Population: 15.9 million
Area: 256,370 sq km
Currency: US Dollar
Federation: Ecuadorian Football Federation founded in 1925 and affiliated to Fifa in 1926
Registered players: 31,000
Kit colours: Yellow shirt, blue shorts and red socks
Team nickname: La Tri (Tri-Colour)
World Cup record: Second round (2006), first round (2002)
Copa America: 4th (1959, 1993), 5th (1939, 1941), 6th (1963), 7th (1942, 1945, 1947, 1949, 1953, 1955 and 1957), quarter-finals (1997), 1st round (1975, 1979, 1983, 1987, 1989, 1991, 1995, 1999, 2001, 2004, 2007, 2011)
How they qualified for FIFA World Cup 2014: Came 4th in the South American qualifying zone with 25pts behind Argentina 32, Colombia 30, Chile 28 and ahead of Uruguay 25, etc… with 7 wins 4 draws and 5 defeats, 20 goals for and 16 against.
Top clubs: Barcelone, Emelec Guayaquil, Liga Quito, Deportivo Quito
Ecuador qualified for their third World Cup thanks to a solid defence and will be bolstered by landing in a relatively easy group where they take on Switzerland, France and Honduras.
They went out in the group stage on their debut in 2002 but made the cut for the second round in 2006. The 2014 qualifying campaign was overshadowed by the death of their centre-forward Christian Benitez, who fell victim to a heart-attack aged just 27.
In their high-altitude home of Quito (2850m), they were unbeaten in eight games, with seven wins and a draw against Argentina. The advantage of the altitude is made plain by the fact that Ecuador didn’t win a single game away from home, losing five and drawing three.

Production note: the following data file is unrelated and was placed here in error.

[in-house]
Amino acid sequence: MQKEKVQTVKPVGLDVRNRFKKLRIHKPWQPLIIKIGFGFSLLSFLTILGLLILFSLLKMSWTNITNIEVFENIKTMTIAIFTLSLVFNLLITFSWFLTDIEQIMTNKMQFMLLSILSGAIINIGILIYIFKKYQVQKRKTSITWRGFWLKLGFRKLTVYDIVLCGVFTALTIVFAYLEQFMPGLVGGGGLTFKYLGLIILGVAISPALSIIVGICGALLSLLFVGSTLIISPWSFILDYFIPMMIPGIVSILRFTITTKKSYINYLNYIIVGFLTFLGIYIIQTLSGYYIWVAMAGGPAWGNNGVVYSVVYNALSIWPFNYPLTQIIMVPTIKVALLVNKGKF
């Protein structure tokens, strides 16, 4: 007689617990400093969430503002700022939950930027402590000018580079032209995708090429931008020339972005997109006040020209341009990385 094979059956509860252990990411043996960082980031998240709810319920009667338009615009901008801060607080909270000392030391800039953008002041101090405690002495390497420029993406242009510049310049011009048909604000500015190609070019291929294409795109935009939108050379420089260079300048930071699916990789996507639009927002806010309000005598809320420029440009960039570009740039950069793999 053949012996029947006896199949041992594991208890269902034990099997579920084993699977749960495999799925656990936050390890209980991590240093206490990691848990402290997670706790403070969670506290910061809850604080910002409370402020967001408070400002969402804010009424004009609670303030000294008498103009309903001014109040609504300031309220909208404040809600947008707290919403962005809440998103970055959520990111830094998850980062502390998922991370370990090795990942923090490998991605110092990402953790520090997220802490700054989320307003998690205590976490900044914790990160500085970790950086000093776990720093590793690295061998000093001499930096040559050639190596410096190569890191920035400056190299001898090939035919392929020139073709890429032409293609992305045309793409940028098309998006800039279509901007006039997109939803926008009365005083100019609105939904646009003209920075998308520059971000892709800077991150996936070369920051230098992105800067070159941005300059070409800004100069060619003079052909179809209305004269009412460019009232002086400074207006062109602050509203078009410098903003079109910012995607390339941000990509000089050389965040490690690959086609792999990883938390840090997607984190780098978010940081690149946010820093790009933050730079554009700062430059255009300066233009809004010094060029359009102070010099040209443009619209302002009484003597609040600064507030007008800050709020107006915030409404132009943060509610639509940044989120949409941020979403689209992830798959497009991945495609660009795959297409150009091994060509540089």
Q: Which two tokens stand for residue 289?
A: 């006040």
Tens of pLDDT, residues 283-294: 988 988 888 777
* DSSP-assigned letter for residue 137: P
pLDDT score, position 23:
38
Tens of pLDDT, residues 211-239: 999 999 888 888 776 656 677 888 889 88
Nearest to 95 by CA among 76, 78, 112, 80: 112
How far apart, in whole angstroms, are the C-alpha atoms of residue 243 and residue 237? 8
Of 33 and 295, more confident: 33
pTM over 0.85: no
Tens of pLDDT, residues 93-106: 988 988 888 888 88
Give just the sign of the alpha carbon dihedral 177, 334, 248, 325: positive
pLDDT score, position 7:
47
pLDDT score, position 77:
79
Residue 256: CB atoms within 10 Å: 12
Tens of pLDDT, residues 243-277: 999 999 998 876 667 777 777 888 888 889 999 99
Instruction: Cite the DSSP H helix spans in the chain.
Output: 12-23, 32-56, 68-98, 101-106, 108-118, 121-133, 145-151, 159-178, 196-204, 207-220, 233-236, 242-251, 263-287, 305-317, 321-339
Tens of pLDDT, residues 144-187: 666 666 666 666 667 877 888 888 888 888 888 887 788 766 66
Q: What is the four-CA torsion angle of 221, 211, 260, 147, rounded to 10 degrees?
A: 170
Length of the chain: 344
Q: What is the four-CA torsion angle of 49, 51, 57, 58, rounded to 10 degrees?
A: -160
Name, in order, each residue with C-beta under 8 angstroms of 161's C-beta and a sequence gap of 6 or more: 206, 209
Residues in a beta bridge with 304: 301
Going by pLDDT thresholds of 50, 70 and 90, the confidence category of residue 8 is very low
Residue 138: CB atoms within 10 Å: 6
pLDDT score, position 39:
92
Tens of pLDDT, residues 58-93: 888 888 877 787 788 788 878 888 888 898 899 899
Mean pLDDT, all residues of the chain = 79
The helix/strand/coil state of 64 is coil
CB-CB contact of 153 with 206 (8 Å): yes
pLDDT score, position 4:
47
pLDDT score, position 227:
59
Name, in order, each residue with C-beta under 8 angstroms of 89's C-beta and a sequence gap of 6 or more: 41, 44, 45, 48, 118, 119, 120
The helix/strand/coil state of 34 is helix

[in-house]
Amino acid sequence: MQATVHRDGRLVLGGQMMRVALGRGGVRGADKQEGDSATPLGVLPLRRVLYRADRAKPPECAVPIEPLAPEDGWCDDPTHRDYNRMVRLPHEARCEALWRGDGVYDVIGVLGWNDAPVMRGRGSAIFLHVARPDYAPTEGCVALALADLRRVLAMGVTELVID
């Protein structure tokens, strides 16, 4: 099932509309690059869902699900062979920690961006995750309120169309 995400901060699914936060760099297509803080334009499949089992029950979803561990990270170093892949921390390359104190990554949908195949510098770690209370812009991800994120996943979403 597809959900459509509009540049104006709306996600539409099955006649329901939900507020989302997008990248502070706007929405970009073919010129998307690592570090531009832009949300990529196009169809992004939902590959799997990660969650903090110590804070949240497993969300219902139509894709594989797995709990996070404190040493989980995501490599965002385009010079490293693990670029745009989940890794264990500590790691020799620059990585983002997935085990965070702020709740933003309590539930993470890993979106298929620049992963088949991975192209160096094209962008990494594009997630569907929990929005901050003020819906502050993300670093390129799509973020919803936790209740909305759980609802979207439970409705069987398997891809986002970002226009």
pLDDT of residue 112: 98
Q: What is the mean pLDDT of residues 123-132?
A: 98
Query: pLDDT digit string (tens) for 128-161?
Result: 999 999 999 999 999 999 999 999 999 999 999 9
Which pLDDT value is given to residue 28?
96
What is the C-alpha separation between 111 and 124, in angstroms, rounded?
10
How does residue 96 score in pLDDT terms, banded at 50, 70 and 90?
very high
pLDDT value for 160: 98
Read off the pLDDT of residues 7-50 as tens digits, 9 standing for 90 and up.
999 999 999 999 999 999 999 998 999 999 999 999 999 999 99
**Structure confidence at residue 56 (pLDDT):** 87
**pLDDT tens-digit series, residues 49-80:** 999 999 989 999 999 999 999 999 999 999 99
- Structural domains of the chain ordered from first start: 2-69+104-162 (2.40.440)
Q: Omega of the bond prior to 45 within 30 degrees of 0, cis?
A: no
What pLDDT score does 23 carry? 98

Their Colombian coach Reinaldo Rueda is noted for his fine tactical accumen and has retained a trio of old guard veterans to make sure the team profits from the wisdom of experience aswell as the enthusiasm of the youthful new blood he’s also brought in.
Defender and captain Walter Ayovi is 34 but was the only player to start all 16 games for Ecuador while Jorge Guagua of Emelec is 32 and his clubmate Giovanny Espinoza is a ripe old 37.
While the Condors’ strong point in qualifying seemed to be their defence, with a game built on effective counter-attacking, the astonishing speed and power of right winger Antonio Valencia can be a determining factor.
The Manchester United midfielder is not only fast and powerful but plays with his head up seeking out strikers, whilst also being able to set the tempo and provide the final ball. Although his goal tally could be better, he has no problem helping out in defence.
At the spearhead of Ecuador’s attack is Felipe Caicedo (Lokomotiv Moscow), who banged home seven goals in qualifying, while there are also two Mexico-based forwards Joao Rojas (Cruz Azul) and Jefferson Montero, 24, who scored the ‘qualifying’ goal in the 1-0 win over Uruguay.
But out in Brazil everything will be skewered by the brutal death in July 2013 of their forward Cristian Benitez, who scored four goals in nine qualifying games, taking his tally to 24 in 58 for Ecuador before his sudden and depressing demise.
In his memory Ecuador will attempt to reach the last-16, which is where they fell, 1-0 to England, in 2006.